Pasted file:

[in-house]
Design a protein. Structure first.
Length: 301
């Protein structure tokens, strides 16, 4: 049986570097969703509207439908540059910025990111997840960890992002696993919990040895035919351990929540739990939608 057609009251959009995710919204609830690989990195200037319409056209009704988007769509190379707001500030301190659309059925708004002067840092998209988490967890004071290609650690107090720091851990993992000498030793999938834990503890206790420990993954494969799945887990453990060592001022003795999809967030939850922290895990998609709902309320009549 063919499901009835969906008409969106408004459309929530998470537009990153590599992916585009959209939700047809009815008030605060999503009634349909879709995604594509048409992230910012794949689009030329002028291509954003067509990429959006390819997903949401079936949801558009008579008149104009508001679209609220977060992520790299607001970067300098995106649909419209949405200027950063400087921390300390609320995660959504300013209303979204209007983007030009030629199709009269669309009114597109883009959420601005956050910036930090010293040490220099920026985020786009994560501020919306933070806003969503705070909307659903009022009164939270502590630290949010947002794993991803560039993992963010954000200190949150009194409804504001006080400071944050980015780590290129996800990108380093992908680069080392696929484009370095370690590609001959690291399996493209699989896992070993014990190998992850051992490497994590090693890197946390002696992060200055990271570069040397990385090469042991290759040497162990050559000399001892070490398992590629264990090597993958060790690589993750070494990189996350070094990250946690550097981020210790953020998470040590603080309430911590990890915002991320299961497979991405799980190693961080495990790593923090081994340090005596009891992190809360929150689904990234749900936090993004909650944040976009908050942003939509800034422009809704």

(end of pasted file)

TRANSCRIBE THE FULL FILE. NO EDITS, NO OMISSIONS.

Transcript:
[in-house]
Design a protein. Structure first.
Length: 301
């Protein structure tokens, strides 16, 4: 049986570097969703509207439908540059910025990111997840960890992002696993919990040895035919351990929540739990939608 057609009251959009995710919204609830690989990195200037319409056209009704988007769509190379707001500030301190659309059925708004002067840092998209988490967890004071290609650690107090720091851990993992000498030793999938834990503890206790420990993954494969799945887990453990060592001022003795999809967030939850922290895990998609709902309320009549 063919499901009835969906008409969106408004459309929530998470537009990153590599992916585009959209939700047809009815008030605060999503009634349909879709995604594509048409992230910012794949689009030329002028291509954003067509990429959006390819997903949401079936949801558009008579008149104009508001679209609220977060992520790299607001970067300098995106649909419209949405200027950063400087921390300390609320995660959504300013209303979204209007983007030009030629199709009269669309009114597109883009959420601005956050910036930090010293040490220099920026985020786009994560501020919306933070806003969503705070909307659903009022009164939270502590630290949010947002794993991803560039993992963010954000200190949150009194409804504001006080400071944050980015780590290129996800990108380093992908680069080392696929484009370095370690590609001959690291399996493209699989896992070993014990190998992850051992490497994590090693890197946390002696992060200055990271570069040397990385090469042991290759040497162990050559000399001892070490398992590629264990090597993958060790690589993750070494990189996350070094990250946690550097981020210790953020998470040590603080309430911590990890915002991320299961497979991405799980190693961080495990790593923090081994340090005596009891992190809360929150689904990234749900936090993004909650944040976009908050942003939509800034422009809704």